What did the “father of modern economics,” Adam Smith, actually think about slavery?
The Deluded Cult of Social Justice
“Justice,” wrote Pascal in the Pensées, “is as much a matter of fashion as charm.” The truth of the 17th-century mathematician and theologian’s observation is richly corroborated at present. Seldom have the demands of justice been so manifestly faddish. Increasingly, justice is seen as not an attribute of legal systems but of entire societies. At the same time it is believed to be owed to groups more than individuals. In these circumstances, everything depends on whether the group to which people are deemed to be belong is in vogue.
Tibetans are no longer à la mode, though the destruction of their civilisation by the Chinese state continues, and few opinion-formers consider the persecution of Christians in the Middle East worth mentioning. Little is heard any more of the Yazidi, despite their still being a target of genocide by Isis. The Kurds are receiving media attention following their betrayal by Trump, but it will surely not be long before they are re-forgotten. Being identified as a victim of injustice has become a kind of privilege, handed out to favoured groups and denied to others according to the shifting diktats of progressive opinion.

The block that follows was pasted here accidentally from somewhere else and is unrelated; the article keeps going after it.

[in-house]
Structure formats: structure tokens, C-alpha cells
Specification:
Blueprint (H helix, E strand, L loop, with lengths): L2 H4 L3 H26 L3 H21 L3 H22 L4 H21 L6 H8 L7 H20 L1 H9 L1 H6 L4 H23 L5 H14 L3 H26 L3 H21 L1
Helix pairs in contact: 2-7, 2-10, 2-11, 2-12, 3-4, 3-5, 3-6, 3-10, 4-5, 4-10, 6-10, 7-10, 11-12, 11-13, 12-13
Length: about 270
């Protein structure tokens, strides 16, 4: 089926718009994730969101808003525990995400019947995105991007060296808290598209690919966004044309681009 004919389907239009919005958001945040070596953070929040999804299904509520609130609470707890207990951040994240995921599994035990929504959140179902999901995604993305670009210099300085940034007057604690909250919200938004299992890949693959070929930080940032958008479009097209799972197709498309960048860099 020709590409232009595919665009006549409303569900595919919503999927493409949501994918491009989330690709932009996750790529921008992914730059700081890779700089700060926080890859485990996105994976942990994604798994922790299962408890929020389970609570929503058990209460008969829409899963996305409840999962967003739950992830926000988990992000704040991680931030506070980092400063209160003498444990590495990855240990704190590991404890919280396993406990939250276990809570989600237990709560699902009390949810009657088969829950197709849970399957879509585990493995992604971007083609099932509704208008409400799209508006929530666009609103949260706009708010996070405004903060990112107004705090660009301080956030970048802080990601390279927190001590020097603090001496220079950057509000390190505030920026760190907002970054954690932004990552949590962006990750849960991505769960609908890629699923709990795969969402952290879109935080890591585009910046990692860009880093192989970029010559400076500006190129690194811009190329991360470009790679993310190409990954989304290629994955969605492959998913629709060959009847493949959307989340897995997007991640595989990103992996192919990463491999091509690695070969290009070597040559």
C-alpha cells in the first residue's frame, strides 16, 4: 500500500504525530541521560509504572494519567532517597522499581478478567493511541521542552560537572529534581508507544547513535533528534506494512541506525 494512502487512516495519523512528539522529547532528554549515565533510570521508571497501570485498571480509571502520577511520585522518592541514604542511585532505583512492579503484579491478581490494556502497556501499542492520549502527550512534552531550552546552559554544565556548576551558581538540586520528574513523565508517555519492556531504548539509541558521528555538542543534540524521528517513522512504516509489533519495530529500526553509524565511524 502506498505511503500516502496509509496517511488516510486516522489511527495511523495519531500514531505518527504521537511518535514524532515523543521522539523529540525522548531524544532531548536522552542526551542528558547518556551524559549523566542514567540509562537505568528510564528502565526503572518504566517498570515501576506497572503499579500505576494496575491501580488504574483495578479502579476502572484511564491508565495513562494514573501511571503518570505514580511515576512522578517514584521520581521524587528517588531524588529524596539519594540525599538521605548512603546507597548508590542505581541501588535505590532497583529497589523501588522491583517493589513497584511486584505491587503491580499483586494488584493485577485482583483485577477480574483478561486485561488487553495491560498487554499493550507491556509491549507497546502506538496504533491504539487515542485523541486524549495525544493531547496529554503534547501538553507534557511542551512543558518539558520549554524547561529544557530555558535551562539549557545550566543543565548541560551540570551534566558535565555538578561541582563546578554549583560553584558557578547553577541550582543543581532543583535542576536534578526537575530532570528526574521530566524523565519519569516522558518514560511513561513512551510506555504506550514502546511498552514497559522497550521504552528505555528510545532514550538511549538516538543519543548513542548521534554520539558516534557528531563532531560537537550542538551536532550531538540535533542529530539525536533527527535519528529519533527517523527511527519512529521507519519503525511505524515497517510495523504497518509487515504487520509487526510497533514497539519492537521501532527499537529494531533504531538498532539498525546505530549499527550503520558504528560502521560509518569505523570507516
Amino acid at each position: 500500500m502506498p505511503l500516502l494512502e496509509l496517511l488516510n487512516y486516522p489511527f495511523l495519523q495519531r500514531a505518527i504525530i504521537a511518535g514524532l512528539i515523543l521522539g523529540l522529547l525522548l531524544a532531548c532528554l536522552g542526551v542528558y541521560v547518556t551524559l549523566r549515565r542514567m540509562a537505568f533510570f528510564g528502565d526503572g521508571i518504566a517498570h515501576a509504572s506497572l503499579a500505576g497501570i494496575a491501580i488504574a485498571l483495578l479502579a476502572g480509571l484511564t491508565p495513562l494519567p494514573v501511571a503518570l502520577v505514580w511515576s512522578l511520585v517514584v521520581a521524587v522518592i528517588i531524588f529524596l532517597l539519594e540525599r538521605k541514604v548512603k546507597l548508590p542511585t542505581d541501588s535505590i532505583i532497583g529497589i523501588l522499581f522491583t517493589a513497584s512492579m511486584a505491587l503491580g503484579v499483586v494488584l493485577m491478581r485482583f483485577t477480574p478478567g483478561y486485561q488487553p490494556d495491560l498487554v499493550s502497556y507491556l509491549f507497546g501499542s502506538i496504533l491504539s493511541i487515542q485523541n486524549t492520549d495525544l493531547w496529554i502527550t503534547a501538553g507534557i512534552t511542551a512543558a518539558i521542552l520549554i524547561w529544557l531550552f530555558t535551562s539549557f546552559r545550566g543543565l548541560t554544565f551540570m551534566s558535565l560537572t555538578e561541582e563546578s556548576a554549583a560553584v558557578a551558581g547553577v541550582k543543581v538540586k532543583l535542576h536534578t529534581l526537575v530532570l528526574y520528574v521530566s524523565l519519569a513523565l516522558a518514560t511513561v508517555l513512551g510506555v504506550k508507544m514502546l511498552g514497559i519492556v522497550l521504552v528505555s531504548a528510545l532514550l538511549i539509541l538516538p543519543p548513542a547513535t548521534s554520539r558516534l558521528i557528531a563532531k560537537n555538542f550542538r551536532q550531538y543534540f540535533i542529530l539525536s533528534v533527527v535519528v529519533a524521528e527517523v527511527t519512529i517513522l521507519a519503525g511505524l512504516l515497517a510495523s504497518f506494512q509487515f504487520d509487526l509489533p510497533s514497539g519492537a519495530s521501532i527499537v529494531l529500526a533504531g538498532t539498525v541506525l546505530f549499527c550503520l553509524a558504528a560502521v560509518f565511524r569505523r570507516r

A certain arbitrariness goes with demands for social justice. Possibly for this reason, SJWs (social justice warriors) are intolerant of criticism. In the US, anyone who argues that despairing Appalachian proles might be more deserving of concern than middle-class student protesters is condemned as a white supremacist, and their views suppressed. The suggestion that individuals and groups may suffer different degrees and kinds of injustice is rejected as reactionary thinking. Overthrow the prevailing power structures, and injustice will simply vanish. Anyone who questions this vision is not just wrong but evil.
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